Beneath Us Movie Review

Written by Gabino Iglesias

Released by Vital Pictures

beneath us poster large

Directed by Max Pachman
Written by Max Pachman and Mark Mavrothalasitis
2020, 90 minutes, Rated R

Lynn Collins as Liz Rhodes
Rigo Sanches as Alejandro
Jose Aguirre as Memo
Roberto Sanchez as Hector

beneath us 01 beneath us 02


Academic peer reviewed journals do this thing called a “revise and resubmit.” A revise and resubmit basically says, “Hey, this is somewhat decent and the ideas you touch on are worth exploring, but there are things either lacking or wrong with it that make us take a pass on it as is.” Max Pachman’s latest movie, Beneath Us, gets a revise and resubmit.

In Beneath Us, actors Diego Sanchez and Josue Aguirre play a couple of undocumented brothers looking to make a living working random gigs they find on the streets or at the parking lot of their local Home Depot. One day they get picked up with two other men and taken to a mansion so they can finish a guest house for a rich couple. Instead of scoring a paycheck, they end up trapped in that place by a sadistic couple who subject them to horrible things.

Okay, listen, this could have been great. The topic it deals with is incredibly timely, the use of Spanish is superb (even if the actors have weird accents), and some of the violence is well done. The movie also has decent production values and most of the performances are solid. However, the film barely scratches the surface of migration, undocumented workers, and racism. The saddest thing is that the first third of the movie sets things up nicely and that builds up both hope and expectations. For example, the older brother has a wife and a kid back in Mexico and Pachman uses him briefly as a vehicle to remind people that immigration isn’t about politics, it’s about people. We see his love for his son and his desire to make money to bring his family over and we can’t help but side with him. Unfortunately, that’s about it. Once one of the workers injures his hand, the madness begins and any semblance of a strong, sharp political discourse vanishes like fog under the Texas sun.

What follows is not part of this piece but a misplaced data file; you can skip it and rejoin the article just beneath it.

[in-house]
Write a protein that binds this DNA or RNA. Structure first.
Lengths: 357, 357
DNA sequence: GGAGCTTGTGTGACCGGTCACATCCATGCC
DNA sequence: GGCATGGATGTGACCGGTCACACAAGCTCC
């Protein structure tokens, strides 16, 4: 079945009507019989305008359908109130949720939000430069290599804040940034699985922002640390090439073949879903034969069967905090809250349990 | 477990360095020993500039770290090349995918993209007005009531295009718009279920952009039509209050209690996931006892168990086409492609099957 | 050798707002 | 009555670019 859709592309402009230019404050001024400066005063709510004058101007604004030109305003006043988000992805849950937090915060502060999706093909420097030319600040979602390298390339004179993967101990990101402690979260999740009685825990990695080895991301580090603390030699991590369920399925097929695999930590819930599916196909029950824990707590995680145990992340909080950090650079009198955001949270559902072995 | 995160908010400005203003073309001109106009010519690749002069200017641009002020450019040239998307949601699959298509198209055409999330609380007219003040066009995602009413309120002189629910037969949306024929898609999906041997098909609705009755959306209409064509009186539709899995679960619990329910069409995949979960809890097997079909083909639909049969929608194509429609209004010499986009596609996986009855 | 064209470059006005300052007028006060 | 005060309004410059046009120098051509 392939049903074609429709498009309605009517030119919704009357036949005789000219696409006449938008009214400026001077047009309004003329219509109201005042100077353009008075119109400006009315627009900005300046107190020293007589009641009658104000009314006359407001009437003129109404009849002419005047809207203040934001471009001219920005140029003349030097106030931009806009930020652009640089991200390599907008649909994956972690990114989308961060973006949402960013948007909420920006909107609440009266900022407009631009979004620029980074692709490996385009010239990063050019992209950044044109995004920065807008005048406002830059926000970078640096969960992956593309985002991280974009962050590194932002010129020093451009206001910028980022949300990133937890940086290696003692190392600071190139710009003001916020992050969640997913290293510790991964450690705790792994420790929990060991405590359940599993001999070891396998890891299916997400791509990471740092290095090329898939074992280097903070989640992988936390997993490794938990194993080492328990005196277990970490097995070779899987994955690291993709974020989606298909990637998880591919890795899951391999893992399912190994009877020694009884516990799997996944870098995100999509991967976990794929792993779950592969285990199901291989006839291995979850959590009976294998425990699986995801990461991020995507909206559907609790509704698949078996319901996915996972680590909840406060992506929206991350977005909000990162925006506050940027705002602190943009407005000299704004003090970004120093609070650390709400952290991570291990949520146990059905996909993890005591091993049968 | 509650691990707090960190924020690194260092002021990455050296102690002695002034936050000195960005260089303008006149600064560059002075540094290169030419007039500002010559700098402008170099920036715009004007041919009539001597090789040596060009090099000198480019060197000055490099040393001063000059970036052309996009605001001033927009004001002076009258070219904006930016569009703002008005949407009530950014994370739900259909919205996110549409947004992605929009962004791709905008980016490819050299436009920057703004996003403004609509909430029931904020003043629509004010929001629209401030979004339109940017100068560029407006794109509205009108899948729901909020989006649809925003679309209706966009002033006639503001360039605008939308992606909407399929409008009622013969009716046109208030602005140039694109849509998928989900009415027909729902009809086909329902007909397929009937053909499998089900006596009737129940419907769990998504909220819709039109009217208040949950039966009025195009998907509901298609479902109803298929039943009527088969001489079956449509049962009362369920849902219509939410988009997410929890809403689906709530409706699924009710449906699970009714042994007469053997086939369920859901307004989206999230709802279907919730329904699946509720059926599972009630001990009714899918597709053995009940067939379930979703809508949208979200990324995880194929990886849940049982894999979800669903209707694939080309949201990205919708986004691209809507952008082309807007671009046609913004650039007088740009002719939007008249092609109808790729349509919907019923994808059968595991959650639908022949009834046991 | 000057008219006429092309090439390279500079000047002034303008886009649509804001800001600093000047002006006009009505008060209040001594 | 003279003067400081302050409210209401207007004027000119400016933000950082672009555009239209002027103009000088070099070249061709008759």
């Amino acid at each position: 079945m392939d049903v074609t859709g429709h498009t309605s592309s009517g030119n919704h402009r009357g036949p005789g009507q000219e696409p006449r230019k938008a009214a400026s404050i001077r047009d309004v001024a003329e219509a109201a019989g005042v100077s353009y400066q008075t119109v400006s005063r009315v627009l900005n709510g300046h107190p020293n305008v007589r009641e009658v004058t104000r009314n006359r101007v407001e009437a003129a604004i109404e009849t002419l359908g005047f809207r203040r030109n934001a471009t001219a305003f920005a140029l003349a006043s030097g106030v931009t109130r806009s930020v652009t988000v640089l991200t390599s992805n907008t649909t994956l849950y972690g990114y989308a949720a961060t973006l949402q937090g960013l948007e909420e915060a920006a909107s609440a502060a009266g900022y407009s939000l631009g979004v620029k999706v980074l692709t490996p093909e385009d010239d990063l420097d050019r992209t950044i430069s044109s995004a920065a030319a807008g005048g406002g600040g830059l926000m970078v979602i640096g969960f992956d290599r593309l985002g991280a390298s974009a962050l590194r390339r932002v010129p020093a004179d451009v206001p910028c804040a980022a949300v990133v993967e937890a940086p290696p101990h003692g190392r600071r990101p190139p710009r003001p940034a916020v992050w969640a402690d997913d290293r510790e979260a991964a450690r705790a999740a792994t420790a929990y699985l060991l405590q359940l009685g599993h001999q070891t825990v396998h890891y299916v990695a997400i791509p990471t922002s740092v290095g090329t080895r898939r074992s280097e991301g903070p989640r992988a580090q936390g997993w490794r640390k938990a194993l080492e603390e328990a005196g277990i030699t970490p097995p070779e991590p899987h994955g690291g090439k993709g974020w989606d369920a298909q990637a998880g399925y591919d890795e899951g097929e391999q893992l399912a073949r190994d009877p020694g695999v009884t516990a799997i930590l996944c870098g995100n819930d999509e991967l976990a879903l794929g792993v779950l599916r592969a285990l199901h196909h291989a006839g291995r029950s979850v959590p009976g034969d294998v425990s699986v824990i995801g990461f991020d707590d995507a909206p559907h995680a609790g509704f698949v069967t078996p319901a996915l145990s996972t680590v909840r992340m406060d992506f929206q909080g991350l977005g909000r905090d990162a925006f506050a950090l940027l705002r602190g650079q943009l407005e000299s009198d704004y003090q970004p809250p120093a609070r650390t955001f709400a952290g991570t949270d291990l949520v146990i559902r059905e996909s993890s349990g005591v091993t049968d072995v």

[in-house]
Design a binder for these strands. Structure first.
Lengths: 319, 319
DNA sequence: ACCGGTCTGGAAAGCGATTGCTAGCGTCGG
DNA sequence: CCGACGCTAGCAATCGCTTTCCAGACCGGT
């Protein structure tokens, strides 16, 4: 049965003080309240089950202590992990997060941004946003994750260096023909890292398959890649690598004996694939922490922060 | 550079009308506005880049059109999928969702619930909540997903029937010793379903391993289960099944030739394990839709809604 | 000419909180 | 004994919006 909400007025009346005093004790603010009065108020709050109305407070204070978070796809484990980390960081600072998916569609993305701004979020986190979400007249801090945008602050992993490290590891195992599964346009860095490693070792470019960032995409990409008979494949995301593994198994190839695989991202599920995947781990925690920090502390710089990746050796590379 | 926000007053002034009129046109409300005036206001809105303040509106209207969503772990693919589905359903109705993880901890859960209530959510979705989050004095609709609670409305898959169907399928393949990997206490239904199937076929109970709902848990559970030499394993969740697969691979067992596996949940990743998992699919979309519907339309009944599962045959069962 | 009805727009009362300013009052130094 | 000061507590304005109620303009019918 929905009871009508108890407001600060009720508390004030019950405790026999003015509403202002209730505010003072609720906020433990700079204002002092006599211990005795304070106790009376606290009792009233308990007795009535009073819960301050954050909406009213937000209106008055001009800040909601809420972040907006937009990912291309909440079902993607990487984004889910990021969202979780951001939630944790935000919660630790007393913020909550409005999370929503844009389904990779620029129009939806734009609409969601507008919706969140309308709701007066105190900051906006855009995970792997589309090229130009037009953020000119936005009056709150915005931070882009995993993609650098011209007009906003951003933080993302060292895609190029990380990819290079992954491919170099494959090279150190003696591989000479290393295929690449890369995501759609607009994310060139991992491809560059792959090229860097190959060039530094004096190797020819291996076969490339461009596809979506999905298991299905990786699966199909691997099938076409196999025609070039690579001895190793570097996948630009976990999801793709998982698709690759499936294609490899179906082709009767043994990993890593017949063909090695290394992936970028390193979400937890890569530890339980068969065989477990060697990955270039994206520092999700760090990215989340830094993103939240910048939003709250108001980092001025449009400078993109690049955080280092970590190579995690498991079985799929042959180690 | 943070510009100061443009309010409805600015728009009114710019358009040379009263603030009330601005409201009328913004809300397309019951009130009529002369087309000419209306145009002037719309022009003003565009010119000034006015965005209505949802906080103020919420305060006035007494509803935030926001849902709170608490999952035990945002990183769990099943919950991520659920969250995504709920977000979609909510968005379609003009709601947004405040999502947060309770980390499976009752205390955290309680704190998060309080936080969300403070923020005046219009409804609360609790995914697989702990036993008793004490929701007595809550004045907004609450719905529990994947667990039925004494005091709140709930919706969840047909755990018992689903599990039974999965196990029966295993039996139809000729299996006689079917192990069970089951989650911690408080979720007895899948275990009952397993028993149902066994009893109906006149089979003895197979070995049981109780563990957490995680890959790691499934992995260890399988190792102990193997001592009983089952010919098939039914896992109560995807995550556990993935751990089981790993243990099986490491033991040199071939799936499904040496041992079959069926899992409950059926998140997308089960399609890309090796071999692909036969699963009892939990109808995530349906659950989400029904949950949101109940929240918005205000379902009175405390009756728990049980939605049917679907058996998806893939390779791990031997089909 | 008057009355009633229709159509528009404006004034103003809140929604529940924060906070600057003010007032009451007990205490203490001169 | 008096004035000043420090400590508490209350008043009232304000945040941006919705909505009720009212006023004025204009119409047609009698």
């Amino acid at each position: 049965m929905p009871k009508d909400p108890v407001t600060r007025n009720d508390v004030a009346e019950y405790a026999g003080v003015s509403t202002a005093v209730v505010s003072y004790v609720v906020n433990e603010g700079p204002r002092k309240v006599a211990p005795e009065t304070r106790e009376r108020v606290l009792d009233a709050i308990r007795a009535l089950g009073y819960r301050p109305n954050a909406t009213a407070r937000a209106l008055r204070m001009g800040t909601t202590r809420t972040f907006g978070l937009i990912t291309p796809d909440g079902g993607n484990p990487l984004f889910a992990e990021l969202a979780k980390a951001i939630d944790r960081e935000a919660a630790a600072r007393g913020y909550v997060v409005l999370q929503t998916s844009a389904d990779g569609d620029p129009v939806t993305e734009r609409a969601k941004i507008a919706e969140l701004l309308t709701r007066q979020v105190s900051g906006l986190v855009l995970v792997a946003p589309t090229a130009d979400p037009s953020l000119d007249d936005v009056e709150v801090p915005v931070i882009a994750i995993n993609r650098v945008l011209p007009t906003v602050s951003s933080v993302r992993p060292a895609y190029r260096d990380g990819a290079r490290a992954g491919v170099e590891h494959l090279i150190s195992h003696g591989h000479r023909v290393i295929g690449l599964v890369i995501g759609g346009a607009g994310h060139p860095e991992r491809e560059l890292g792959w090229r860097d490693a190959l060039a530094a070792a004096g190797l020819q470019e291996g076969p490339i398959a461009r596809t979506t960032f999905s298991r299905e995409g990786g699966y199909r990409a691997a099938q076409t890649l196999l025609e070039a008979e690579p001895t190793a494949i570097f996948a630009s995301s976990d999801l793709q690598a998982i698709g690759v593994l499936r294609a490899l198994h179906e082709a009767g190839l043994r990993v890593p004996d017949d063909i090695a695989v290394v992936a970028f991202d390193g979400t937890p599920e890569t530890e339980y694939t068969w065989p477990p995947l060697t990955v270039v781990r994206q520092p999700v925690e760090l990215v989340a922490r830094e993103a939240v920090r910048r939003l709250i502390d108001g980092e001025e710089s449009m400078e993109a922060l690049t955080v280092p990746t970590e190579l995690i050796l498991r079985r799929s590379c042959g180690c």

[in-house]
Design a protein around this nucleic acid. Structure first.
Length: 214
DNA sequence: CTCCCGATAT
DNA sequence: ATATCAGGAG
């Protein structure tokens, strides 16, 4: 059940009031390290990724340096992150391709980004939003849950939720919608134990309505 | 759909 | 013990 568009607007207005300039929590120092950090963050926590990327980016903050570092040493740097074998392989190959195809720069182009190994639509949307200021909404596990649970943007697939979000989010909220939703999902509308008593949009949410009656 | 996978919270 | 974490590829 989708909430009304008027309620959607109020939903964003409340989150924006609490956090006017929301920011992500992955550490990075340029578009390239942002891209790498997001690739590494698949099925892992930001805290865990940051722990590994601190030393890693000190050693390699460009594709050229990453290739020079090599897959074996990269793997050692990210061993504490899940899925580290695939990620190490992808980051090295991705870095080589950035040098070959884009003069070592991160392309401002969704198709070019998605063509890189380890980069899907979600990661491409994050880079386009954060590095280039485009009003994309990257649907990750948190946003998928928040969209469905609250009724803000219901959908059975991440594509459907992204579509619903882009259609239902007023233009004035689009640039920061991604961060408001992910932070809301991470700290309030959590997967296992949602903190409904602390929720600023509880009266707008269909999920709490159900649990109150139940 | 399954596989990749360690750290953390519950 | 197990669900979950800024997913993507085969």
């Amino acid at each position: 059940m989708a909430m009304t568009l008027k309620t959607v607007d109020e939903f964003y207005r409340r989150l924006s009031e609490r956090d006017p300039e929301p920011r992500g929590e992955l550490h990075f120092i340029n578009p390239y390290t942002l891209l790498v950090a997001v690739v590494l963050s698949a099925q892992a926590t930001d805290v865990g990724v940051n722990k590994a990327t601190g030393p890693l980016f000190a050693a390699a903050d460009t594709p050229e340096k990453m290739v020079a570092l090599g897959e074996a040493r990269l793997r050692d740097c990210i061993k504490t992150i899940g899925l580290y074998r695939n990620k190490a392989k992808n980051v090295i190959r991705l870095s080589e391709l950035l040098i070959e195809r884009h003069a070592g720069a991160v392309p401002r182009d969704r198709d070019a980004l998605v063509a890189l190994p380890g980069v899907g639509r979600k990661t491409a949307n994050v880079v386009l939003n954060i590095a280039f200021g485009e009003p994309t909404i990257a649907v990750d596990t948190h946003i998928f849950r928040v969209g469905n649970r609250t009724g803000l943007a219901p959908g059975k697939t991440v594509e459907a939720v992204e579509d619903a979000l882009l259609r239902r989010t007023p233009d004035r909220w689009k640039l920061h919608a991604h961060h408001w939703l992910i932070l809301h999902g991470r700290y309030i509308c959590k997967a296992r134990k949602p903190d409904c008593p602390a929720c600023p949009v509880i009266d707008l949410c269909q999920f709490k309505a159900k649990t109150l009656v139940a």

beneath us 03 beneath us 04

Putting migrants in a movie doesn’t mean it makes a political statement. Neither does making the perfect white couple the bad guys. In Beneath Us, these two things try to carry the weight of everything, and they fail a it. For starters, there is no real statement being made. Also, the evil woman who picks the workers up, played by Lynn Collins, is one of the most cartoonishly ridiculous villains in recent horror movie history. From her face and femme fatale moves to her psychotic killing of mice in the kitchen and subsequent murder of a man with her heel, every second she spends on the screen pushes this movie closer to a comedy than to a horror film, and not in a good way.

Movies don’t have to contain a message. However, if they try to have one and fail, they end up looking like vapid attempts at something that was obviously either half-thought or, worse, they look like something that was concocted in an attempt to use a timely topic to make a buck. That said, I don’t think that’s what Pachman was going for here. The delicate way in which the third part of the film is constructed tells me that there was a decent idea somewhere at the start and then they tragically lost their way. So yeah, revise and resubmit. This could be timely and remarkable. It could be the kind of movie that becomes a political statement. Sadly, it’s none of that in its present form. In its present form this is a mediocre film with decent production values that’s flat and forgettable.

beneath us 05 beneath us 06


Movie: 1.5 Star Rating Cover

This page includes affiliate links where Horror DNA may receive a small commission at no extra cost to you.



Join Us!

Hit the buttons below to follow us, you won't regret it...